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Microsoft reorg could fix some problems, create others

Juan Carlos Perez | July 12, 2013
Industry analysts are split on how effective Ballmer's reshaping of the company will be.

Meanwhile, the Cloud and Enterprise Engineering Group will be in charge of back-end technologies, including technologies for data centers, databases and enterprise IT systems and development tools. Its leader, Nadella, had been in charge of the Servers and Tools group, which had been performing well financially. A focus for this group will continue to be the company's Azure cloud platform.

The Dynamics enterprise software products will continue to operate separately under Kirill Tatarinov, but report to Lu, Chief Operating Officer Kevin Turner and Tami Reller, the other former Windows chief who will now head the Marketing Group. As part of the plan, Craig Mundie will work on a "special project" until the end of this calendar year, and assume a consultant role starting in 2014. Office chief Kurt Del Bene resigned from the company Wednesday, though his official last day will be Dec. 31.

Michael Osterman, from Osterman Research, views as positive the shift away from product-centric, siloed teams to a more unified approach that is focused on what customers need from devices and services.

"This is a good thing," he said. "They need to realign the company to be more responsive to customers."

The reorganization may yield a sharper marketing focus and strategy, an area where Microsoft has at times been weak, Osterman said.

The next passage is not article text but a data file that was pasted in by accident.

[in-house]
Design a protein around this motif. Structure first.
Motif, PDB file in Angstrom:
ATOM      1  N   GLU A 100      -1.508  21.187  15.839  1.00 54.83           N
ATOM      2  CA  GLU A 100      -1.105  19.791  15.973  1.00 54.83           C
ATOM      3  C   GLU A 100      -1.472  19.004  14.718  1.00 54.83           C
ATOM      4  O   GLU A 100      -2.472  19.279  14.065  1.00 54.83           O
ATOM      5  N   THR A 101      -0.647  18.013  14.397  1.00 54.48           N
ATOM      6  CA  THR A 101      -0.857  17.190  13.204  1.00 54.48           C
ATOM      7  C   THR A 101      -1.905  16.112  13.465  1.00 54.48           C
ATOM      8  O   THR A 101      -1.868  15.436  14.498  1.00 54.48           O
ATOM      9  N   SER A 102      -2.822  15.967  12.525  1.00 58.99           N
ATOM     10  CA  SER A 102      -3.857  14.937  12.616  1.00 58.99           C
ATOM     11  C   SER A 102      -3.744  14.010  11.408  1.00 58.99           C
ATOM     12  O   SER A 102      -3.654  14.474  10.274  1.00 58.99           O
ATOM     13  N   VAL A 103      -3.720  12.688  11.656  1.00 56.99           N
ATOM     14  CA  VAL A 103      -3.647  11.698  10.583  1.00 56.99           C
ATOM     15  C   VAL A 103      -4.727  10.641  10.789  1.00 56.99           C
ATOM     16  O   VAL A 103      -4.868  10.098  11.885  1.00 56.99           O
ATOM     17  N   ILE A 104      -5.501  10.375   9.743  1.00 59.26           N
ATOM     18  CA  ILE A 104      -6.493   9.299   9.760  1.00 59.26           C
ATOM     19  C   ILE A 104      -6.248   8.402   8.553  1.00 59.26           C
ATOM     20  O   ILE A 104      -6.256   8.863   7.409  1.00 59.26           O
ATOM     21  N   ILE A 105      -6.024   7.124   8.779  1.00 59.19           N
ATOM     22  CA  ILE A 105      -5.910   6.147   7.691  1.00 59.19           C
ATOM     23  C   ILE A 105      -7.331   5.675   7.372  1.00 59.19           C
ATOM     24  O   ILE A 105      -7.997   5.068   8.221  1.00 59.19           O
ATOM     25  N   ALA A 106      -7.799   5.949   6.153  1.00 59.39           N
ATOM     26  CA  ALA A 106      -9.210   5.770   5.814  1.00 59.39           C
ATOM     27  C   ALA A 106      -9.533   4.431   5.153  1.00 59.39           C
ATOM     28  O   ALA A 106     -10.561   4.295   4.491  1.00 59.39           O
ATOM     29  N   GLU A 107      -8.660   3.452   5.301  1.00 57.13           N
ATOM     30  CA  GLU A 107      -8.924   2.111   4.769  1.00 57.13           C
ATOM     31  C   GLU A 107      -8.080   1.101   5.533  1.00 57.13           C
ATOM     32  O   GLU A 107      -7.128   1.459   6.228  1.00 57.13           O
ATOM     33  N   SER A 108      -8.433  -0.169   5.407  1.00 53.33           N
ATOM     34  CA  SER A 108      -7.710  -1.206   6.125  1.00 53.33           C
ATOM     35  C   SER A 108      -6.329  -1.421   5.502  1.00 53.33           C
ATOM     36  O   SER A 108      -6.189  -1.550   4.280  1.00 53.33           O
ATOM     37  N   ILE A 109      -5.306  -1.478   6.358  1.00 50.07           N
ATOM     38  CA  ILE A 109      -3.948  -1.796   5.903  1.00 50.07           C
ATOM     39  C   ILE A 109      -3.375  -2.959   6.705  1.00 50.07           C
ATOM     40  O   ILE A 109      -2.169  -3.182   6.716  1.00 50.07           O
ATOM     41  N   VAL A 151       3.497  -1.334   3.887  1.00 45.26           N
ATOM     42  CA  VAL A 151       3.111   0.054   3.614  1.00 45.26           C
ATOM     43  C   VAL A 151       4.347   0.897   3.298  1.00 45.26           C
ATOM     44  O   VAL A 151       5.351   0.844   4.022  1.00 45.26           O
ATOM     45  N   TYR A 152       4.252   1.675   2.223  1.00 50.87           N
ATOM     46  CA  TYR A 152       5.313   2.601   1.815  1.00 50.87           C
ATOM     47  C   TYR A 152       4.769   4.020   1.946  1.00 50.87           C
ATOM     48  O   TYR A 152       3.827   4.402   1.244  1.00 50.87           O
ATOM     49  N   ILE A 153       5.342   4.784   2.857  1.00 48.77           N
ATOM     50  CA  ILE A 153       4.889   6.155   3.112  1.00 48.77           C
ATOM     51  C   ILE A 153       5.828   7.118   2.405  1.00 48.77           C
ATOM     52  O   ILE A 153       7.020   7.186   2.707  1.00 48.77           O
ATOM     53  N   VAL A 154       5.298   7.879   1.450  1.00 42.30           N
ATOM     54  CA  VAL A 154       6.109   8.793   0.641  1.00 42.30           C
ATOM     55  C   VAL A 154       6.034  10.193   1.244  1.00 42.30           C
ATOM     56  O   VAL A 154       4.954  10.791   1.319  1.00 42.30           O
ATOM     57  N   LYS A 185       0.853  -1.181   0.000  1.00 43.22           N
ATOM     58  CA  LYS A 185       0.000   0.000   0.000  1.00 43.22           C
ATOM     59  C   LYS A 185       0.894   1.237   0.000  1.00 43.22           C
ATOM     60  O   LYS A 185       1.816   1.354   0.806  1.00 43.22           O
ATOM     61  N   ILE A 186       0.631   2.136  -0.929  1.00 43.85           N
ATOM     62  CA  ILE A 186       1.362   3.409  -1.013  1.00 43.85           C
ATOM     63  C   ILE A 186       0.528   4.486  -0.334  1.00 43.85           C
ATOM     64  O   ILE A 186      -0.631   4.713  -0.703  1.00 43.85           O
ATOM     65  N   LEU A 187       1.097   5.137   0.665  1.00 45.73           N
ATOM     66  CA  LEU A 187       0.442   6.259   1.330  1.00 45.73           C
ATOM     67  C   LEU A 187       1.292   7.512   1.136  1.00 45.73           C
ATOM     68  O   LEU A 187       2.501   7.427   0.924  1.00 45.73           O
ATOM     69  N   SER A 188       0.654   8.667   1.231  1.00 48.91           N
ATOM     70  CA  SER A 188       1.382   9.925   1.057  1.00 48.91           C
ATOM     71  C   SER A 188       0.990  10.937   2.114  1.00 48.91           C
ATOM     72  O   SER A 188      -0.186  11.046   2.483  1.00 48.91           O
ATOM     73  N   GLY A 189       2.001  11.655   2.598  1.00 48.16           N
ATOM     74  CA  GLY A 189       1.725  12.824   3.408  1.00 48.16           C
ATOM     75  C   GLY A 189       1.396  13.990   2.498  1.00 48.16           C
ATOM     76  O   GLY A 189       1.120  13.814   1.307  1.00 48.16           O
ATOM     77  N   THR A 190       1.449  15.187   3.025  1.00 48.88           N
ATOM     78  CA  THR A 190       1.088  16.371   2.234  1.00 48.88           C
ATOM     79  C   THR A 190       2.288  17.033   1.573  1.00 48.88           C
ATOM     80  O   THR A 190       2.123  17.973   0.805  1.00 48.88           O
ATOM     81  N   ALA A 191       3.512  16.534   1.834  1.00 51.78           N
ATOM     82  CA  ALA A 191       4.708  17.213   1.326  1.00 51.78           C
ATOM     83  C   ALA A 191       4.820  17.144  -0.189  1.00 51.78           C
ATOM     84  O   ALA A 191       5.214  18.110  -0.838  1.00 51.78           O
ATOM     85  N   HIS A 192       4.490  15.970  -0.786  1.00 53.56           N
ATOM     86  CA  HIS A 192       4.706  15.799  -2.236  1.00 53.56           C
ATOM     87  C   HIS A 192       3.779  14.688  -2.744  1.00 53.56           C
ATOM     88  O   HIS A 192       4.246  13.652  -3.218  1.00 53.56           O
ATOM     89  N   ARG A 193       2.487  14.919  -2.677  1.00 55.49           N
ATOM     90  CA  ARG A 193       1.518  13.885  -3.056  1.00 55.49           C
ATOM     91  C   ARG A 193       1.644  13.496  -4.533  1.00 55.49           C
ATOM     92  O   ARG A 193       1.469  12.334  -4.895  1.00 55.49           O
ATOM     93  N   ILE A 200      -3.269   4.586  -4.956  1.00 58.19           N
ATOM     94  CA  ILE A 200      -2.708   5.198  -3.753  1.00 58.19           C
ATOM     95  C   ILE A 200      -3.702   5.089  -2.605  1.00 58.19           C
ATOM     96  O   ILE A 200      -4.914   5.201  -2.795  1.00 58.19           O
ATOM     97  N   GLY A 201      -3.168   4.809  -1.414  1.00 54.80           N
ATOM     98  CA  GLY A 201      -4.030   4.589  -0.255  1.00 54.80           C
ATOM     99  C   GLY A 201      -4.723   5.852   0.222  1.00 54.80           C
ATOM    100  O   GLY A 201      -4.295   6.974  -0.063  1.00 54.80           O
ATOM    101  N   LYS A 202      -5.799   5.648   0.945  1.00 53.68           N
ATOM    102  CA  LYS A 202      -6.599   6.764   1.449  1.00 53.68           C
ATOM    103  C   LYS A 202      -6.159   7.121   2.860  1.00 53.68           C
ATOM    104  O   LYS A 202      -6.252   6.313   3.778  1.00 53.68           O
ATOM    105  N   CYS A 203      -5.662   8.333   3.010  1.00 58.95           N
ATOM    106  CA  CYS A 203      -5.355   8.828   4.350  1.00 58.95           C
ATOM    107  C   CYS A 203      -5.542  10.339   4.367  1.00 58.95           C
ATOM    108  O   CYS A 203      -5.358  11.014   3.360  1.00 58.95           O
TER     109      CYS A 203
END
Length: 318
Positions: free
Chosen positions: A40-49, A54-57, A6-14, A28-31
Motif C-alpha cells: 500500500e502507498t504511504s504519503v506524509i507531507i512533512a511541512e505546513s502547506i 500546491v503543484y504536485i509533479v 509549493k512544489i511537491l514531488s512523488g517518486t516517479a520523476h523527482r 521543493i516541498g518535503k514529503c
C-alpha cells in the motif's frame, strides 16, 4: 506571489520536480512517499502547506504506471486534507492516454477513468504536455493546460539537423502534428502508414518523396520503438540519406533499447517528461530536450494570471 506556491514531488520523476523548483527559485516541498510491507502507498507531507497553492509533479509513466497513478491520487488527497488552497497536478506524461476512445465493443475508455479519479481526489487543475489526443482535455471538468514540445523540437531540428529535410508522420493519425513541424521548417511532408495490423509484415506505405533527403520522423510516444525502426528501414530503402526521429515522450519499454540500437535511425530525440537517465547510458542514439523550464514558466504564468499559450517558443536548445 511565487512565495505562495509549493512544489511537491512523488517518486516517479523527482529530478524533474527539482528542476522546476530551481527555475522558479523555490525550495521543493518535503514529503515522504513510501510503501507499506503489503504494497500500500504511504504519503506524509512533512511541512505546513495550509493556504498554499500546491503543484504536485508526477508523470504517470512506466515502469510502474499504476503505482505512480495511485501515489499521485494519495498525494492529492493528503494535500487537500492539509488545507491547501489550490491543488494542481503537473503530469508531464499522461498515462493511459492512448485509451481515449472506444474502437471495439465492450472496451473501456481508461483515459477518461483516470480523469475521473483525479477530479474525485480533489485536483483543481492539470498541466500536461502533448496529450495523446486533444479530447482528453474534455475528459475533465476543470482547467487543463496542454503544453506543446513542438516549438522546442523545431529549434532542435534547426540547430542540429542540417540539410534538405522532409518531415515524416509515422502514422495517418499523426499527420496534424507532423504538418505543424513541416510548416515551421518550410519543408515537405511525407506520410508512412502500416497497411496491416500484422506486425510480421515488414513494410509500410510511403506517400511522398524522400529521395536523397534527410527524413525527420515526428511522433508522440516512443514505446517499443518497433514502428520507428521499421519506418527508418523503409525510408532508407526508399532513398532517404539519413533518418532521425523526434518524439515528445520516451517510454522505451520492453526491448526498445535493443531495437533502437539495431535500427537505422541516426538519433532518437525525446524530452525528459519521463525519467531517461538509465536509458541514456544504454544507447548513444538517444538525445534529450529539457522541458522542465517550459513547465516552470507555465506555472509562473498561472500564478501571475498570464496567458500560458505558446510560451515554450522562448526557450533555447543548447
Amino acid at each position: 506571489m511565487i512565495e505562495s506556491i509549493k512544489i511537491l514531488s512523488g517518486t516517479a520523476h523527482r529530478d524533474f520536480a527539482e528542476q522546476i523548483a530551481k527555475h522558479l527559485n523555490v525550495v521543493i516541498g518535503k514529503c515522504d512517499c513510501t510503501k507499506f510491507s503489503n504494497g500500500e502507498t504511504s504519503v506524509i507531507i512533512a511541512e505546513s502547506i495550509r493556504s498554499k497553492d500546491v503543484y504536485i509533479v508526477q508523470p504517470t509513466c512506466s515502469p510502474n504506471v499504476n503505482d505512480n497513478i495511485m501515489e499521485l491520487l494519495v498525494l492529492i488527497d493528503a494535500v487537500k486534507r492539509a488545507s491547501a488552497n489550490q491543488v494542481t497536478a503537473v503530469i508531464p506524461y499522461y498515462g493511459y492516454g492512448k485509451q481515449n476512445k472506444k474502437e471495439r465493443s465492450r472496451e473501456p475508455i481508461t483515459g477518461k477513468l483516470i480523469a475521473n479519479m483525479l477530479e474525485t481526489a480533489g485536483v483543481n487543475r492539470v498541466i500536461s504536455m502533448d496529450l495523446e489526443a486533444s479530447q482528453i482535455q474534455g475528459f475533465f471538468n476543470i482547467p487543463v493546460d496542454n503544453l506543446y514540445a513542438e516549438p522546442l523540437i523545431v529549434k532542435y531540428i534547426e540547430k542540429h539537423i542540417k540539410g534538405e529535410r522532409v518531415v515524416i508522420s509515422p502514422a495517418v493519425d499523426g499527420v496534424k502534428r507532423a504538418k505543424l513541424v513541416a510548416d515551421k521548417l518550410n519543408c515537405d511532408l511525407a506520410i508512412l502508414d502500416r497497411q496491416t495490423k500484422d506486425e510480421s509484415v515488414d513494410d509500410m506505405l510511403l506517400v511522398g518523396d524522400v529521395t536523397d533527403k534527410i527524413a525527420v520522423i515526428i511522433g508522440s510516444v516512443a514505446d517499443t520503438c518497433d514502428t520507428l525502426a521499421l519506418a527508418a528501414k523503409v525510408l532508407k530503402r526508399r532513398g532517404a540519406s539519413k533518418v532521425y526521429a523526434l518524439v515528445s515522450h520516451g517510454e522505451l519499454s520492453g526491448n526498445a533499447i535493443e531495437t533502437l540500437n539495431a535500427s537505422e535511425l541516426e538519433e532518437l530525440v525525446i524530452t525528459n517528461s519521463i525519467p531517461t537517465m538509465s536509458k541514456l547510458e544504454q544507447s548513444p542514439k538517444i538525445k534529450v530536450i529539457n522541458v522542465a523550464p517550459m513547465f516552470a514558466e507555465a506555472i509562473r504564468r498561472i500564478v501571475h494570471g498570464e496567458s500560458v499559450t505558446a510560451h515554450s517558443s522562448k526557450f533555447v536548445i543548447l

Frank Gillett, a Forrester Research analyst, concurs. "This demonstrates a commitment to build an integrated, coherent Microsoft experience. It wasn't incoherent before, but it also wasn't well-coordinated," Gillett said.

What's not clear to Gillett is how exactly this will be carried out, and he foresees it being a major endeavor. "I'm not seeing an overall head of products. That concerns me," he said.

Others view the "One Microsoft" effort with skepticism, especially if it results in a doubling-down on what critics call the "Microsoft first" strategy, which they blame for Microsoft's reluctance, for example, to fully port Office to other operating systems like iOS and Android despite massive demand, in order to give Windows a competitive advantage.

"[One Microsoft] should do wonders for CIOs who are all in for Microsoft, but it should strike fear in the heart of CIOs who were hoping that Microsoft would decouple Office from Windows," Austin said.

Over the years, Microsoft critics have suggested the company's product lines are too diverse, and that certain businesses should be spun off as autonomous subsidiaries or even independent companies. Clearly, Ballmer has taken the opposite tack.

The implementation of the plan should take at least three months, maybe more, said Gillen, who considers this the company's biggest reorganization ever. Microsoft will need to continue tweaking the plan in the coming years based on market changes.


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